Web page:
• mikejojomikejojo Posts: 7
    I've owned a 2004 Mitsubishi Outlander since November 2005 and had to replace my tires at roughly 40,000 miles.

    I had a bit of a limited budget and purchased Fuzion ZRi P22560R16 tires. Given the wintery conditions here, I've found these handle quite well in the inclement weather. Road noise is up there a bit on the highway but I've learned to tune it out.
  • Just got my LS 2WD, this spring and i'm already looking into preparing for the fall/winter. any suggestions on snow/ice tires? how bout all season tires for spring/summer?
  • gene_vgene_v Posts: 235
    These tires are so noisy. I only have 1800 miles and just can't ignore the noise. Tirerack rates them 26 out of 28.
  • imetalimetal Posts: 4
    I'm shopping an XLS in order to get the occasional "munchkins in the 3rd row" capability. However, for wheels I plan to go with something a little more interesting (20" chrome).

    So the 18's won't do me much good. However, the 16" alloy wheels from the LS are interesting, as they'd do nicely to host a set of winter tires.

    Has anyone ever heard of "downgrading" their wheels during purchase at the dealer? Would it be worthwhile for them, perhaps by being able to make an LS on their lot a little more attractive? If so, would it be reasonable for me to push for something else out of it (free floor mats, etc)?
  • toomanyfumestoomanyfumes S.E. Wisconsin Posts: 1,019
    Can't hurt to ask. I've seen some larger dealers change out the rims on new cars to custom ones, and park them out front to bring in traffic. (A friend of mine was drawn to a Mustang with chrome rims, and ended up buying it as an impulse purchase.)
    2012 Mustang Premium, 2013 Lincoln MKX Elite, 2007 Mitsubishi Outlander.
  • Got the 18" Goodyears. Anyone recommend a quiter tire?
  • The Pirelli P6 is quieter and rides better, I've had both.
  • My UK model has Bridgestone 18inch Dueler Sport H/P fitted 225/55 H 18 :) :) :)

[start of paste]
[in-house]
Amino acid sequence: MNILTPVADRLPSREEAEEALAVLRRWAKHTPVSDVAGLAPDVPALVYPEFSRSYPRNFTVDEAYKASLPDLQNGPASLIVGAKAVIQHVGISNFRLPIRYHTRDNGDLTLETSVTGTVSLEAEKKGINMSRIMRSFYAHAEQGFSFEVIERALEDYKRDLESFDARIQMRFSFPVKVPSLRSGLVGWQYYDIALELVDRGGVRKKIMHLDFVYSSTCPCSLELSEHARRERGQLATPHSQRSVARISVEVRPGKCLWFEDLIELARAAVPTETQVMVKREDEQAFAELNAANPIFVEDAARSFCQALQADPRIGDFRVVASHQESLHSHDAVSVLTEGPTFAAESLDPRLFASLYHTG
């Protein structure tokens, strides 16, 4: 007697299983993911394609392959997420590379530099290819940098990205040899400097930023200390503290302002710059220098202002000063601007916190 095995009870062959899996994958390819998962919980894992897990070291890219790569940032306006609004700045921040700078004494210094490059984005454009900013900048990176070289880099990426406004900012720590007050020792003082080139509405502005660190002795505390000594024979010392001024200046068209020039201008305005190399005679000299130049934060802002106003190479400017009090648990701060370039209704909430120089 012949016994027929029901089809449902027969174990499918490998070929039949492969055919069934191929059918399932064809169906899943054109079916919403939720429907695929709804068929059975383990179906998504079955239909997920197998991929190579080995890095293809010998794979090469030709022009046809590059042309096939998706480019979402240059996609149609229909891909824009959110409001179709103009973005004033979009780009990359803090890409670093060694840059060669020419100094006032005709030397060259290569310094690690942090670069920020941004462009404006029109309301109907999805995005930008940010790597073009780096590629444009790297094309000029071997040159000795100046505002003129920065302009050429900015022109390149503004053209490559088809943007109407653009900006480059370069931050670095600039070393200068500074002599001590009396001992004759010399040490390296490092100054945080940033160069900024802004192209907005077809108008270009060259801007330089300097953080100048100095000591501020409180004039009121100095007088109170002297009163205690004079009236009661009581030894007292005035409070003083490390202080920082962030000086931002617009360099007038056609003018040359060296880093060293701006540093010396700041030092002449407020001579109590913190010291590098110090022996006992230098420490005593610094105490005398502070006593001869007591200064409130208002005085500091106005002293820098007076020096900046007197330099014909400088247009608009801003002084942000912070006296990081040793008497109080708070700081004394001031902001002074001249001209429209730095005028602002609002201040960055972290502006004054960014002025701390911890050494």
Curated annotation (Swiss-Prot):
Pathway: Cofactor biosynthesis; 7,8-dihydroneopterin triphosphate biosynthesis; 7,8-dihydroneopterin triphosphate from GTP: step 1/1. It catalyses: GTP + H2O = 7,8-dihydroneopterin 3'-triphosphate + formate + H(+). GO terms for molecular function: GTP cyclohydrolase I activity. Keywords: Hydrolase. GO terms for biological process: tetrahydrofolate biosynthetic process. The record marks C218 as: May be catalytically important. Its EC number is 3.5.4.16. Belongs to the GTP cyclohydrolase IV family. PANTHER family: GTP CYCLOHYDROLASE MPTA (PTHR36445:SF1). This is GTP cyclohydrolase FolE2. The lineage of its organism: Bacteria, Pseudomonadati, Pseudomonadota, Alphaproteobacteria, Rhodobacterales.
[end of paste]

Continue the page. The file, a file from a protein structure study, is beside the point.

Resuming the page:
• growwisegrowwise Posts: 297
    Any one invested in a set of winter tires? If so, what size steelies go with it? I guess if steelies are of LS size, then tire choices may improve? 'cause there is not a whole lot of choice for 225/55R18. Even then, only michelins seem to get good reviews (atleast on tire rack - they get bad mouthed elsewhere) What size steelies go with 55R18's? Sorry too many questions..

    Someone mentioned a wider tire (235/55R18). How's that working out? There are a whole slew of tires in that size on tire rack. Speaking of which, Apparently, canadians can save 40% on tires by ordering them from states..

    btw, Toyo seems to be selling winter tires (OBSERVE G02) that fit outlander atleast in canada
    http://www.toyocanada.com/products/BrochurePDF/Winter_EN.pdf
  • growwisegrowwise Posts: 297
    Got my ice/snow tires put on.. but with the steel wheels, there are no TP sensors. Resetting TPMS is a pain.
  • batman47batman47 Posts: 606
    It appears that there is not a good decent tire brand for the Outlander 225/55R18. The stock Goodyear Eagle LS-2 is just useless in little snow, little wet or little mud. I would like to jump to the 235/55R18 where there are bigger stock of better tires for SUV. Shifting to this size incurs in a 1.6% Speedo too slow and 1.5% diameter tire difference. Will this shift upset the tire Speedo sensors? Comments appreciated!